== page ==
BRITISH CAVY COUNCIL

Harlequin Guide Standard

Updated December 2016

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Standard of points

Points
Head, Eyes & Ears Head to be short and broad, with a gently curving profile.
Muzzle to be of good width and rounded at the nostrils.
Eyes to be large, bright and bold and set with good width between.
Ears to be large and drooping, and set with good width between.
Body Shape To have short, cobby body with good width across shoulders and body.
To be fit and of good substance, with plenty of firm flesh.
To have good size appropriate to age.
Markings To consist of patches of black, yellow and black/yellow mixture, evenly distributed on each side of the body on either side of a central line formed by differently coloured patches.
of which
Head Markings Head ideally to have two colours divided down the centre.
A different colour on each side of the head divided by a blaze of the third colour is almost as desirable.
Line & Distribution of Patches Patches to be placed on each side of the body so as to give no overlaps over the central line top or under.
Each side of the body of the cavy to have three or more patches.
Each side of the cavy of the cavy to have patches of all three colours.
Shape & Clarity of Patches Patches to be square-cut with straight edges and of equal size
Patches to be clean-cut and distinct from each other, with no intermingling of colours.
Colour Colours to be rich, even and with glossy sheen, and carried well down.
Eye colour to be dark.
Coat To be soft, clean and groomed free of guard hairs.

NB: Any Full Standard for this breed is likely to be based on that for the Tortoiseshell & White.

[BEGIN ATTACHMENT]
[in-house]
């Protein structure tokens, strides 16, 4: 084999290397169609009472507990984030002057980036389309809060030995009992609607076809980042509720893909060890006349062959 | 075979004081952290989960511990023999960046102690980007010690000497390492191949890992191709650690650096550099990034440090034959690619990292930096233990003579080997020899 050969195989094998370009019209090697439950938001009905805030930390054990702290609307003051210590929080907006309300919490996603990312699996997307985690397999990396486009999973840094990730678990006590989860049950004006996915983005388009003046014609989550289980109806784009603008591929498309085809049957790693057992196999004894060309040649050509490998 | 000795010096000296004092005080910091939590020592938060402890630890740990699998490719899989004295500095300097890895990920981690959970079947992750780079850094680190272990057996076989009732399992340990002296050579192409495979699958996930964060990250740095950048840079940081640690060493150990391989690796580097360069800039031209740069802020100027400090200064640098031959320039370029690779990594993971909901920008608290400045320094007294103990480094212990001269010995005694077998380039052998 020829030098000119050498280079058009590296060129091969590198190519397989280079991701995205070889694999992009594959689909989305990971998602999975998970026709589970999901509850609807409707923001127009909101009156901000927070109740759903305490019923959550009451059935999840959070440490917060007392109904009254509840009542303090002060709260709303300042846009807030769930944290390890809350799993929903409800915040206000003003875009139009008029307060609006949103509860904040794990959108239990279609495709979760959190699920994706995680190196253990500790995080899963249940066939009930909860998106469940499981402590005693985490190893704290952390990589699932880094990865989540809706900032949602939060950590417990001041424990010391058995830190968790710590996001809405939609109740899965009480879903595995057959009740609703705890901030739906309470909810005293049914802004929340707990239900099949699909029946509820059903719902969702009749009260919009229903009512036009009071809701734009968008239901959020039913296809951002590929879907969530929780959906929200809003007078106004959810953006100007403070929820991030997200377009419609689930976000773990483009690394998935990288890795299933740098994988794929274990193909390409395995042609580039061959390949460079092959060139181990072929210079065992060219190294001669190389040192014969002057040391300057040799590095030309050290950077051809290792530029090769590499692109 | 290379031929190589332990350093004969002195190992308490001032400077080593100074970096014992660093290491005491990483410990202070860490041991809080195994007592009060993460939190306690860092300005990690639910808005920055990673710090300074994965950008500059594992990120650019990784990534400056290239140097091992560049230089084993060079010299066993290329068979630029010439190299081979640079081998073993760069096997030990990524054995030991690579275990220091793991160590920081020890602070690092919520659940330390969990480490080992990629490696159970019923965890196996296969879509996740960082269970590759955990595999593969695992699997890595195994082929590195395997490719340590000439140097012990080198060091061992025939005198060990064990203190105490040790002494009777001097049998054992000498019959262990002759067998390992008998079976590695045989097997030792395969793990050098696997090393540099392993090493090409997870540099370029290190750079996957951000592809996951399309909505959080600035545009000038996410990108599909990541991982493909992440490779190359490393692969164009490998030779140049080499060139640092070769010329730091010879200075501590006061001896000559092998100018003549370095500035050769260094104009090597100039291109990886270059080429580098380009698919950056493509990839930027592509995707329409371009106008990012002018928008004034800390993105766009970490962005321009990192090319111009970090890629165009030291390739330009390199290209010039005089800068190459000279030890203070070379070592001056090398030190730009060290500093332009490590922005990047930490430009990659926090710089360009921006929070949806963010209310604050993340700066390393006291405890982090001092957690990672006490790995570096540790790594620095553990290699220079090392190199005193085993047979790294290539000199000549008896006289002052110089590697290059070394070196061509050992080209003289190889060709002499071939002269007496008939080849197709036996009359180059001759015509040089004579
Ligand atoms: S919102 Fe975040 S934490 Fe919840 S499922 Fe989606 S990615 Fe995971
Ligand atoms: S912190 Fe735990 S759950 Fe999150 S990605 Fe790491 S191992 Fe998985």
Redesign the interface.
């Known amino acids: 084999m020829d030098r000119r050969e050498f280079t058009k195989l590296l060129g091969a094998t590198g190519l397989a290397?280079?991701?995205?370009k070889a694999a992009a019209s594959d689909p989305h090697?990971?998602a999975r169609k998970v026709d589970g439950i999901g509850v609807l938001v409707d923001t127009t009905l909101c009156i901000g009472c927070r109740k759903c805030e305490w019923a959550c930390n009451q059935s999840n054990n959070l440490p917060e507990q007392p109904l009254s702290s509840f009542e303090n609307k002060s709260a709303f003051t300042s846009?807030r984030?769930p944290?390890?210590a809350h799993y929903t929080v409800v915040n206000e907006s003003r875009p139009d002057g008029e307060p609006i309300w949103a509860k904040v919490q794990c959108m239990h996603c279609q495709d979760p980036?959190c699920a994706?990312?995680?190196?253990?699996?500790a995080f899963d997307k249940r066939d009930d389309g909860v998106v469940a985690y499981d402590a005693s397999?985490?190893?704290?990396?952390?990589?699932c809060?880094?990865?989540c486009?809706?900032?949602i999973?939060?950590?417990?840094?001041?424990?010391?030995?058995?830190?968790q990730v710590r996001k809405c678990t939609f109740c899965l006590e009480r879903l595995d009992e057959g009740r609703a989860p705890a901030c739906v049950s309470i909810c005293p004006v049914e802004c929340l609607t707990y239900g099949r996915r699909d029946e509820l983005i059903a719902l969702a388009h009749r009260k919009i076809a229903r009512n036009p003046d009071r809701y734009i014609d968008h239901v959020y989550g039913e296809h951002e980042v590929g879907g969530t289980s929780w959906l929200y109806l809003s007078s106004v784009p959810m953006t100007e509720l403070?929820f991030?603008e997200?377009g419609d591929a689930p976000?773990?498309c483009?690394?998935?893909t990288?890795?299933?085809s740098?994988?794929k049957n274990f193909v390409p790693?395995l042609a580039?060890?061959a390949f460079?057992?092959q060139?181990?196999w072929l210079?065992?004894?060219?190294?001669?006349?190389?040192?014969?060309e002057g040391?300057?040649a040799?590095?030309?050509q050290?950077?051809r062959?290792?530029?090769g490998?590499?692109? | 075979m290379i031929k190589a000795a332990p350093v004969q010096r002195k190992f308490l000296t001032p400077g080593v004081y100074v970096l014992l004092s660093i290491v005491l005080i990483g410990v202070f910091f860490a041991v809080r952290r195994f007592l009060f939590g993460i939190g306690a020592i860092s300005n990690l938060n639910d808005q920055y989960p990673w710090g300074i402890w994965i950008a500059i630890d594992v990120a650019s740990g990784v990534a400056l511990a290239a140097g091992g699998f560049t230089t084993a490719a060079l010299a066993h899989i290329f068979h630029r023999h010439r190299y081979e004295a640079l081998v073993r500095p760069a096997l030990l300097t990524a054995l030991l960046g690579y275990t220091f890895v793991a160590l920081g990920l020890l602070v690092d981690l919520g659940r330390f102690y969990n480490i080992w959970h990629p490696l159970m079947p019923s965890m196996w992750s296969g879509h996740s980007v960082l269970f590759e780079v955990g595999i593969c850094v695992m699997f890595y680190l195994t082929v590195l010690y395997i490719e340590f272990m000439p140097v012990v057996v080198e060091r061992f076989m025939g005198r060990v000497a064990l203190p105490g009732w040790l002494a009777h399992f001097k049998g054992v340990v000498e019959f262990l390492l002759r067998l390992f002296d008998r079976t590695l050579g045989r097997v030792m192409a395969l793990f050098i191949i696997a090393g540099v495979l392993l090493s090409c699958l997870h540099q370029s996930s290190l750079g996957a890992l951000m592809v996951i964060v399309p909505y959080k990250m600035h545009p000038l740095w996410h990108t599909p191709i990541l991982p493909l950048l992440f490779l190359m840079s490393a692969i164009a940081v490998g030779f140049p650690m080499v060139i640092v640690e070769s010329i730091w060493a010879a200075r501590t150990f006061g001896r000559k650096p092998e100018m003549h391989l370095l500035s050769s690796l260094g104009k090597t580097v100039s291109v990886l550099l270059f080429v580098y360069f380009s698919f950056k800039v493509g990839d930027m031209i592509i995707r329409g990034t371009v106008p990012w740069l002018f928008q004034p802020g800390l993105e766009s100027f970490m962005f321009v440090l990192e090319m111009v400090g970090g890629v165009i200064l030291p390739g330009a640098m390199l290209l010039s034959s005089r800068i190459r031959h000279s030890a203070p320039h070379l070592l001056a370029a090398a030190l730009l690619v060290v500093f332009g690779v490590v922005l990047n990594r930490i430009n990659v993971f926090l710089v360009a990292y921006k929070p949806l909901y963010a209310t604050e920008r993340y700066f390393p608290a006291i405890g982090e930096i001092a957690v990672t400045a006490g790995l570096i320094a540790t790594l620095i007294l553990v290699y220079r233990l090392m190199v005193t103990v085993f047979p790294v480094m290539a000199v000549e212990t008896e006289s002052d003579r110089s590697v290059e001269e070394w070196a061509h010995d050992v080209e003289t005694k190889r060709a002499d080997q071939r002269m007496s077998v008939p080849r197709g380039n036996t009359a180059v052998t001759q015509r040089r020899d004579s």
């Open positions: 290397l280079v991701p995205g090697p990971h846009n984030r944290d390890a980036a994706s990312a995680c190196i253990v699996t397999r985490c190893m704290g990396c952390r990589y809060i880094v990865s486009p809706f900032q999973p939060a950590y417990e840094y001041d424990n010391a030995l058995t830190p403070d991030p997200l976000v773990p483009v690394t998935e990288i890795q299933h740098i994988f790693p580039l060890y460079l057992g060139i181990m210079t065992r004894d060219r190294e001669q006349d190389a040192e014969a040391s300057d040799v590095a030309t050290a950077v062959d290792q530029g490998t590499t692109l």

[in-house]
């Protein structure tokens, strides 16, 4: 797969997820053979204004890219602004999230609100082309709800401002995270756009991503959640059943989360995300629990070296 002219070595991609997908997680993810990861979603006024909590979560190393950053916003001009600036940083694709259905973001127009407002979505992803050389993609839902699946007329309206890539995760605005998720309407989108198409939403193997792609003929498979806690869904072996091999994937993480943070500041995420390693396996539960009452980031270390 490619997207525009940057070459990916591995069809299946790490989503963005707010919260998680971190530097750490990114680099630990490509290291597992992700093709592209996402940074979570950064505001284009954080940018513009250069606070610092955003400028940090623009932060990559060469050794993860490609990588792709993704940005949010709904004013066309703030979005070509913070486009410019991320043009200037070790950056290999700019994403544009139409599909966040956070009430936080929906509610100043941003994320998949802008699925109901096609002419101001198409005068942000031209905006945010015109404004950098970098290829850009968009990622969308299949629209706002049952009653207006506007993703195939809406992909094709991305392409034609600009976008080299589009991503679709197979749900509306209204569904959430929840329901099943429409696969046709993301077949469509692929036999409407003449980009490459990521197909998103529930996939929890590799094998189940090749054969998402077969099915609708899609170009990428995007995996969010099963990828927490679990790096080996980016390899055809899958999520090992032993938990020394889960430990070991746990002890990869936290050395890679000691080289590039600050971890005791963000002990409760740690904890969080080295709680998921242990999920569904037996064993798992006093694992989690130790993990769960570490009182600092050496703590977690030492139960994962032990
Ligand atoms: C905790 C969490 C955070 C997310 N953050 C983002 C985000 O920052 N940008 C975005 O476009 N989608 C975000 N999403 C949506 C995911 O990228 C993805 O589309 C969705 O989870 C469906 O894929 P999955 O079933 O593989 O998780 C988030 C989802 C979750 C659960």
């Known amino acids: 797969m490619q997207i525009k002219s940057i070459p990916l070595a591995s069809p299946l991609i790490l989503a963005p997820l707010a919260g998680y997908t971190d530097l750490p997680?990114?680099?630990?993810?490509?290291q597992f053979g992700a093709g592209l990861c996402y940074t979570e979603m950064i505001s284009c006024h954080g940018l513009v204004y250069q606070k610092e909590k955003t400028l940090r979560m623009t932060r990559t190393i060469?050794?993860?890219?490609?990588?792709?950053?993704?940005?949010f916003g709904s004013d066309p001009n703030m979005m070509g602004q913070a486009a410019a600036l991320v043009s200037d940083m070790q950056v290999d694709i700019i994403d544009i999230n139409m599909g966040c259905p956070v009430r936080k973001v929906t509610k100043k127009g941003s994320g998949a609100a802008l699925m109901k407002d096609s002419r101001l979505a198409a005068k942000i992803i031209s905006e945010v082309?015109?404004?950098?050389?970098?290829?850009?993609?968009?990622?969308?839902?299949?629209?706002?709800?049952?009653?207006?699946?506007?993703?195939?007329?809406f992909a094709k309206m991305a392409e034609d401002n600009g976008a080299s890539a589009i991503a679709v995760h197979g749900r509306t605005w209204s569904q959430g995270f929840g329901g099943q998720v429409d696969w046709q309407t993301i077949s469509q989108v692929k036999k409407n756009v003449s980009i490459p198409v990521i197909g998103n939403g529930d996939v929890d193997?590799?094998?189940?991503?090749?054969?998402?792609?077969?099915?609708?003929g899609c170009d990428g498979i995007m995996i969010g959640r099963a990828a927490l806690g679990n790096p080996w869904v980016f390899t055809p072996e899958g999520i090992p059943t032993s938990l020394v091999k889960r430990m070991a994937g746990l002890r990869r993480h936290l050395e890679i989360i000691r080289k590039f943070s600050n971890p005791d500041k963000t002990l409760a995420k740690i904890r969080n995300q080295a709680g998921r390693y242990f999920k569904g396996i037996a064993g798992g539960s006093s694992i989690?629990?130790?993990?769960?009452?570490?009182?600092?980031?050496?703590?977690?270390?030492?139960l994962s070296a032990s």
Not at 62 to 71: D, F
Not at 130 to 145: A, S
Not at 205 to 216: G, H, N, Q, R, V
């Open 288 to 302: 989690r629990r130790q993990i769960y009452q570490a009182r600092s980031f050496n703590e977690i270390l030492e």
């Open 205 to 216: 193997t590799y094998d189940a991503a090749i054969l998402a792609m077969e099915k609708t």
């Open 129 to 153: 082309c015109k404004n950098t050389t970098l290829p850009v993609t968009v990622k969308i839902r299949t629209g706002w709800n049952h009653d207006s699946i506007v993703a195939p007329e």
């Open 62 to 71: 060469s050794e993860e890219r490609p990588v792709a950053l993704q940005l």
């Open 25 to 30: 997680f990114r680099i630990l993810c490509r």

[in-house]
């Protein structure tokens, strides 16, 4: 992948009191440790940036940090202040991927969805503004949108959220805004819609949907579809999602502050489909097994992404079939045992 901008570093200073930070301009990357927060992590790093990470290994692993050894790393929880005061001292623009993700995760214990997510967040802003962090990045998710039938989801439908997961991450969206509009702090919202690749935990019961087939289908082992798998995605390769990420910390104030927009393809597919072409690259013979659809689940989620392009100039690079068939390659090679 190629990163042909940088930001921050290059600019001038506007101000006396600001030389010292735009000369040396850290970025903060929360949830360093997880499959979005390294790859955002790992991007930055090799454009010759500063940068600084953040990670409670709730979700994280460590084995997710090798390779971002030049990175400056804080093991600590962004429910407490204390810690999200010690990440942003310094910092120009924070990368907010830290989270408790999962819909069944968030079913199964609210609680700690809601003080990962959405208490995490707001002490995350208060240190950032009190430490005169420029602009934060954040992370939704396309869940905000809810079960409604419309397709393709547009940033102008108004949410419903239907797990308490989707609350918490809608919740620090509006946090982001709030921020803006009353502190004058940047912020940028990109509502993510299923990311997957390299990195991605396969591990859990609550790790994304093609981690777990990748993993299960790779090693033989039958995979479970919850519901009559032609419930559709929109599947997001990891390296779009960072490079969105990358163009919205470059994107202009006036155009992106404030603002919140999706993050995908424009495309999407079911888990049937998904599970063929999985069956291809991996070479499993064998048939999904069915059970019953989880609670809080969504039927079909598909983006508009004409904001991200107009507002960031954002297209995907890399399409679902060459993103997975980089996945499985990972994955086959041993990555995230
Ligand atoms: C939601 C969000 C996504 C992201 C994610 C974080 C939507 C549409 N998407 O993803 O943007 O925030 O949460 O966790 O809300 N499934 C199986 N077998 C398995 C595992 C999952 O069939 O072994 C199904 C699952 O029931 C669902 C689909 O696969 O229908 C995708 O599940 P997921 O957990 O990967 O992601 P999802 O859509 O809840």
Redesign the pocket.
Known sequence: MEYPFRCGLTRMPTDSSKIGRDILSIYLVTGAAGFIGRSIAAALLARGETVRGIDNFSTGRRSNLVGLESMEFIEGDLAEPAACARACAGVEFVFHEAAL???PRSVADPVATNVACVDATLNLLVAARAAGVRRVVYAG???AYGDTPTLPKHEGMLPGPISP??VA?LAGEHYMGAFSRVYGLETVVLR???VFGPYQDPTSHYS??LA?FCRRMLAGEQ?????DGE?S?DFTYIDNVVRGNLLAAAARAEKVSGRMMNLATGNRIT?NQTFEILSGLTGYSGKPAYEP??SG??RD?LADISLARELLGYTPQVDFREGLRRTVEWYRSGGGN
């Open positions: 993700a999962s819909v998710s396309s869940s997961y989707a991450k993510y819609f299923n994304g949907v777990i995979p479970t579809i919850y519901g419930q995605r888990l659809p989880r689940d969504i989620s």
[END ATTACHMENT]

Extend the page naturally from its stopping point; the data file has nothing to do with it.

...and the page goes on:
Colours

As well as being based on a Black/Yellow combination, as referred to in the Standard above, the Harlequin may also be based on a Chocolate/Yellow combination.

Important note: In using the word ‘colours’ in this Standard, this refers both to the black (or chocolate) and yellow colours and to the patches of black (or chocolate)/yellow mixing.

Guidance notes

The Harlequin is a smooth coated cavy, carrying a chequerboard pattern of square-cut patches of black (or chocolate), yellow and black (or chocolate)/yellow intermingling, with a dividing line running the length of the cavy both top and underside.

There is no set sequence for the patches

There is no set sequence for the patches.

The head should ideally consist of two colours, split down the middle, but a head with three colours is almost as desirable.

There should then be at least three patches on each side of the cavy.

All of the colours should be present on each side of the cavy, ideally on the body.

Looking from either above or below the cavy, patches on opposite sides of the body should meet so as to form a central ‘line’ down the spine and mid-belly of the cavy.

No patches should overlap this central line, either on top or under side.

Patches should ideally be square-cut and of the same size all over the body.

Each patch should consist of either a solid colour or an even intermixing of colours, clearly delineated from surrounding patches, and having in the solid patches no intermingling of hairs of a different colour.

Specific disqualifications

Specific faults

Line Faults

(In descending order of significance, i.e. worst faults first, but dependent on extent of failing)

Distribution Faults

(In descending order of significance, i.e. worst faults first)

Distinctiveness Faults

(To be penalised according to extent)

Wash 2: Designed by Simon Neesam for the British Cavy Council © 2016